We designed a cross-sectional survey to be conducted at 5 tertiary care teaching hospitals across Canada. From west to east, they were St. Paul's Hospital, Vancouver, BC; Royal Alexandra Hospital, Edmonton, Alta.; Toronto General Hospital, Toronto, and Kingston General Hospital, Kingston, Ont.; and Queen Elizabeth II Health Sciences Centre, Halifax, NS. Each site admitted seriously ill patients to the acute care wards under the care of a primary service and had regional or hospital palliative care consultation services available upon request. The research ethics board at each participating institution approved the study design. All study subjects provided written informed consent.
Eligibility criteria for the study were chosen to define a patient population having advanced disease, with a 50% probability of survival at 6 months.25
Although our focus was on elderly patients, some patients with advanced cancer or end-stage medical disease would be younger than 65 years; to enhance the feasibility and generalizability of the study, we lowered the age limit to 55. Patients were therefore eligible if they were aged 55 years or older; were expected to stay in hospital for at least 72 hours; and had an advanced stage of 1 or more of these 4 diseases:
• Chronic obstructive lung disease, with at least 2 of these 4 conditions: baseline Paco2 of at least 45 mm Hg; cor pulmonale; an episode of respiratory failure during the past year; forced expiratory volume in 1 second of 0.75 L or less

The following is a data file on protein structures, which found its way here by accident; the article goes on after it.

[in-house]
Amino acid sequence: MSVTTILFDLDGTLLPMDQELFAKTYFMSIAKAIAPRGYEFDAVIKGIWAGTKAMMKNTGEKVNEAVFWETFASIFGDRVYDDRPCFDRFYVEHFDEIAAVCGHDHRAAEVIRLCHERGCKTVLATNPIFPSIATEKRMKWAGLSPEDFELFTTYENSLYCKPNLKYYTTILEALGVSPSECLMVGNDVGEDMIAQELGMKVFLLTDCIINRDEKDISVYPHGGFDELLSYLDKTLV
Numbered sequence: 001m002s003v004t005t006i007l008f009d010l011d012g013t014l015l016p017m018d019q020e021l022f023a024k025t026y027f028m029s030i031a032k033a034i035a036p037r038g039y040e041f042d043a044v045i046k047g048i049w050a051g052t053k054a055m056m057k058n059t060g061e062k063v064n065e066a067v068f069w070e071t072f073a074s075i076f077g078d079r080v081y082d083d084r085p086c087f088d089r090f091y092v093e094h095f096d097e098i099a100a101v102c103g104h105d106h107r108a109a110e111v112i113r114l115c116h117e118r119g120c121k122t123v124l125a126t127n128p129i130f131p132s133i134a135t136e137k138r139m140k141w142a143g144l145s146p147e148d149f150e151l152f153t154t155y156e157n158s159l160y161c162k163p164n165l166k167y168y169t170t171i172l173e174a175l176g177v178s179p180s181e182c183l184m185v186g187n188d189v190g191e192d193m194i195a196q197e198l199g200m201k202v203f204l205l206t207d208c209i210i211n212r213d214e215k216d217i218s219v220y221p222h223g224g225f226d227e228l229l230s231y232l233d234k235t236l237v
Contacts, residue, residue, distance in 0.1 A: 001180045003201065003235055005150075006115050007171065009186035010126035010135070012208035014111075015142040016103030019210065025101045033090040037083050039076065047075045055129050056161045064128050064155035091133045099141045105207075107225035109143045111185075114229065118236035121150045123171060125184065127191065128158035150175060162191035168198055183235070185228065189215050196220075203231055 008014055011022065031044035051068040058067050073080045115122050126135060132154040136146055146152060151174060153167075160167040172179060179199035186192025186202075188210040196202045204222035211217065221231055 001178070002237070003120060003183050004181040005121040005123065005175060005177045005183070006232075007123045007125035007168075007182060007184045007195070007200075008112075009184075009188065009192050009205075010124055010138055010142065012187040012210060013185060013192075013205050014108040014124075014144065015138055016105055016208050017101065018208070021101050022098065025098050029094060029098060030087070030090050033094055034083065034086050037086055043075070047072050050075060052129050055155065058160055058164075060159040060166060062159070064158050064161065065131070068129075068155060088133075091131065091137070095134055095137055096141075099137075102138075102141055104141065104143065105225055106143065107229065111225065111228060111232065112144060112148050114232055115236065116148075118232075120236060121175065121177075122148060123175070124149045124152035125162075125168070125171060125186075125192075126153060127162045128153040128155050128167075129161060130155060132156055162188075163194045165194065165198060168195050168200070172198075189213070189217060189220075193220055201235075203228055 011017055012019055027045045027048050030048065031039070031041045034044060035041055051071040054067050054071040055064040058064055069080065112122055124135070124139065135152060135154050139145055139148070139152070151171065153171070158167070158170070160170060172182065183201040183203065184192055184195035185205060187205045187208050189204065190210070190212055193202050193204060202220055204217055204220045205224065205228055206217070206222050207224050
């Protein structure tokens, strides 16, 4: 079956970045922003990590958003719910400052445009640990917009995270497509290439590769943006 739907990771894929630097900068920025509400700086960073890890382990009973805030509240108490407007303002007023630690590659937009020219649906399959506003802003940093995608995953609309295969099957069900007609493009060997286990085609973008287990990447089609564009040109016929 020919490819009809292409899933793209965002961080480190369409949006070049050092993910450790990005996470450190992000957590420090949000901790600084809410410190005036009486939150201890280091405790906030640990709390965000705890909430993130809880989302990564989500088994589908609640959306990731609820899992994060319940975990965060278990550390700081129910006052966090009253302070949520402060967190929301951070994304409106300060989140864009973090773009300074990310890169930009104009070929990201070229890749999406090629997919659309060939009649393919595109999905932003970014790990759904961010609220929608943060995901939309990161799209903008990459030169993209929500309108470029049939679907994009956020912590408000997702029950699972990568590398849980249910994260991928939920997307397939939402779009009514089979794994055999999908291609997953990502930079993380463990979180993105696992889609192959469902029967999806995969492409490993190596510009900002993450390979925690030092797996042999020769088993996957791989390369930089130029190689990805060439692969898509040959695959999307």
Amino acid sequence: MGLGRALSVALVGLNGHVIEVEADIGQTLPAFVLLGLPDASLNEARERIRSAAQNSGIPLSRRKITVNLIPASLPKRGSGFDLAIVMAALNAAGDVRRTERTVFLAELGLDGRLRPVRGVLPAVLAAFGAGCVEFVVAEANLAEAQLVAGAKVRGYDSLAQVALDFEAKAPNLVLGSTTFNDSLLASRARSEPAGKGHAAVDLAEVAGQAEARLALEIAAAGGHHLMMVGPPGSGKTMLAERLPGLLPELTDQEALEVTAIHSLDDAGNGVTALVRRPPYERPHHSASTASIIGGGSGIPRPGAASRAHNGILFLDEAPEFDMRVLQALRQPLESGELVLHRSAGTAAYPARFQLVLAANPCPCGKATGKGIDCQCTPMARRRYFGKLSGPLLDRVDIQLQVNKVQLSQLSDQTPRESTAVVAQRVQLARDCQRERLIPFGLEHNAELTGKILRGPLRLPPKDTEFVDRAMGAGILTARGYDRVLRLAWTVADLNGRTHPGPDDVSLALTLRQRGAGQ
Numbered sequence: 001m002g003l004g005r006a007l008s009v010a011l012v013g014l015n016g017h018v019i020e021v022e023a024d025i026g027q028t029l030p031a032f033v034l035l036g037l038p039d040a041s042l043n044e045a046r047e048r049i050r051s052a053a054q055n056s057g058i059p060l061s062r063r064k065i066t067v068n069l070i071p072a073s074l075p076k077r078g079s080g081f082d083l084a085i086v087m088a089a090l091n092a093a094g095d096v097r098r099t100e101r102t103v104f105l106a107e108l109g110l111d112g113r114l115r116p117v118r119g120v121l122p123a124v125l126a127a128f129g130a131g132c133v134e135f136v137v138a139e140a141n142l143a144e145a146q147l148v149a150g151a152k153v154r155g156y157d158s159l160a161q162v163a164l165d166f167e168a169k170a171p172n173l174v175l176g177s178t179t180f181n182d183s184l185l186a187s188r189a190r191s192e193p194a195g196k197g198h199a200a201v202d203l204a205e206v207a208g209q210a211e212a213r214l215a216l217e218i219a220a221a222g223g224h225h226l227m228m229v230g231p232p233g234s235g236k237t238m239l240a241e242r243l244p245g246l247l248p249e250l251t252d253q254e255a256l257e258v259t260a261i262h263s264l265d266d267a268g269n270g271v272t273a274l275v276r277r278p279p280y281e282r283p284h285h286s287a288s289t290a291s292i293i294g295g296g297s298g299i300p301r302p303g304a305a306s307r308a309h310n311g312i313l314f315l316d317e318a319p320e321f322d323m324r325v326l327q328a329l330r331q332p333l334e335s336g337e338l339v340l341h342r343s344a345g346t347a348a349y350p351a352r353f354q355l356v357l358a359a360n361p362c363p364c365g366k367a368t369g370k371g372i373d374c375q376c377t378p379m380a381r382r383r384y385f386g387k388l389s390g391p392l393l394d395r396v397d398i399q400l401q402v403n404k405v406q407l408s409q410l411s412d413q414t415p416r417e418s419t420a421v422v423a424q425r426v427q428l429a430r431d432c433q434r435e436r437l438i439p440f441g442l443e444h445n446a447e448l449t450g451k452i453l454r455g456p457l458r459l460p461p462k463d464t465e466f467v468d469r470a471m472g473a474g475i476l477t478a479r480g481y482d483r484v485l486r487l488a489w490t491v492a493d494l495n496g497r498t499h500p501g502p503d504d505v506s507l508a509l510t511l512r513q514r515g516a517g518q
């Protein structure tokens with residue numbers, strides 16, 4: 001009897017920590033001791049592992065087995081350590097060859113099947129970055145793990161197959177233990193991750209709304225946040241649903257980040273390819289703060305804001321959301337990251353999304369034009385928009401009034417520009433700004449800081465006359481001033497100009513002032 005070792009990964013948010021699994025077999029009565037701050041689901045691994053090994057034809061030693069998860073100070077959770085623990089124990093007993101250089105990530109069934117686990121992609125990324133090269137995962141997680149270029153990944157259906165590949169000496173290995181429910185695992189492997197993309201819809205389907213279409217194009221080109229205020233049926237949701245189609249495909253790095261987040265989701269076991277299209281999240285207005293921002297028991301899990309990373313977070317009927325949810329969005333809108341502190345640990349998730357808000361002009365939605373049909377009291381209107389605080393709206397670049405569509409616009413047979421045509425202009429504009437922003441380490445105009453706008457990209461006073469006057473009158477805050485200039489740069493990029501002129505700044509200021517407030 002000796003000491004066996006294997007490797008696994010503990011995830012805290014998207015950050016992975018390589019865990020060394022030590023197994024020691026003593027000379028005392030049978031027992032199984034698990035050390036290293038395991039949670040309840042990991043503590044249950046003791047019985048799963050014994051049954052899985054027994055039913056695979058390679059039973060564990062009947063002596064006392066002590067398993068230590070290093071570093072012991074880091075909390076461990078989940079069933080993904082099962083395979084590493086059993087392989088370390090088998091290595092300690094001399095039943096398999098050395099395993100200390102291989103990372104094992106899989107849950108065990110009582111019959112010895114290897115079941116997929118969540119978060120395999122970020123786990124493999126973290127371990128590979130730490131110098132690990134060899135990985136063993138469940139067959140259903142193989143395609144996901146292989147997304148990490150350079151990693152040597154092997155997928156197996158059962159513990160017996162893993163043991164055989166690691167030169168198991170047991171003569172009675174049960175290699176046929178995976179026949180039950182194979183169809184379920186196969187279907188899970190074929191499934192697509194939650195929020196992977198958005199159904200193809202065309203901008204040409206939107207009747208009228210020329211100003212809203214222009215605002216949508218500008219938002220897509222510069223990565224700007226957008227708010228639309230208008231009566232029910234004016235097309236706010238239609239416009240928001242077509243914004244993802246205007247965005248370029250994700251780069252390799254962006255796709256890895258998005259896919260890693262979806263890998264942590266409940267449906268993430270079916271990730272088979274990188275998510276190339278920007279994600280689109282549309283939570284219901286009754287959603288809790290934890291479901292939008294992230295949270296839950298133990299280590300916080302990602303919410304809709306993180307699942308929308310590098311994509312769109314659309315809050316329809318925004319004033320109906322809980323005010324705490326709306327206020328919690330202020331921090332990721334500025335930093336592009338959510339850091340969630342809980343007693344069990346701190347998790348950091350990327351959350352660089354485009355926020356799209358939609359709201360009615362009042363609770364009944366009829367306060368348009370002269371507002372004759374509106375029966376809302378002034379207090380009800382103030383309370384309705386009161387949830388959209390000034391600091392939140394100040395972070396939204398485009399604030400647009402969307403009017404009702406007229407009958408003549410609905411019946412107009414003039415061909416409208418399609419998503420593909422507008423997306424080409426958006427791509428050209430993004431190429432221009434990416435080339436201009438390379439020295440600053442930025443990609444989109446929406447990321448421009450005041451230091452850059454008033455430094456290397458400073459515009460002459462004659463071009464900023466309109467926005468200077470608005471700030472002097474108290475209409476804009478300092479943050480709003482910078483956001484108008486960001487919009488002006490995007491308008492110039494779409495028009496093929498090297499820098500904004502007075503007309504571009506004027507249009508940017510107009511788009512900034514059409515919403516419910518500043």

• Congestive heart failure, with New York Heart Association class IV symptoms or a left-ventricular ejection fraction measured at 25% or less
• Cirrhosis, confirmed by imaging studies or documentation of esophageal varices, and any of hepatic coma, Child's class C liver disease or Child's class B liver disease with gastrointestinal bleeding
• Cancer, diagnosed as metastatic cancer or stage IV lymphoma
On the basis of a chart review of a patient's progress notes, conversation with staff or, in some circumstances, direct evaluation of the patient, we excluded participants likely to have language or cognitive difficulties. Consenting patients identified a family member or other close person who provided some form of care in the home setting, if such a relationship existed. There was no age restriction for family members or social caregivers to participate in the study.
To develop the questionnaire, we first reviewed published taxonomies of quality end-of-life care to generate an initial list of key care elements.12–15
Additional elements were then generated from further literature review and discussion with the multidisciplinary End of Life Research Working Group at Queen's University, Kingston, Ont. Next, to determine whether any elements had been overlooked or were ambiguously phrased, we conducted 12 semistructured interviews with eligible seriously ill patients in hospital.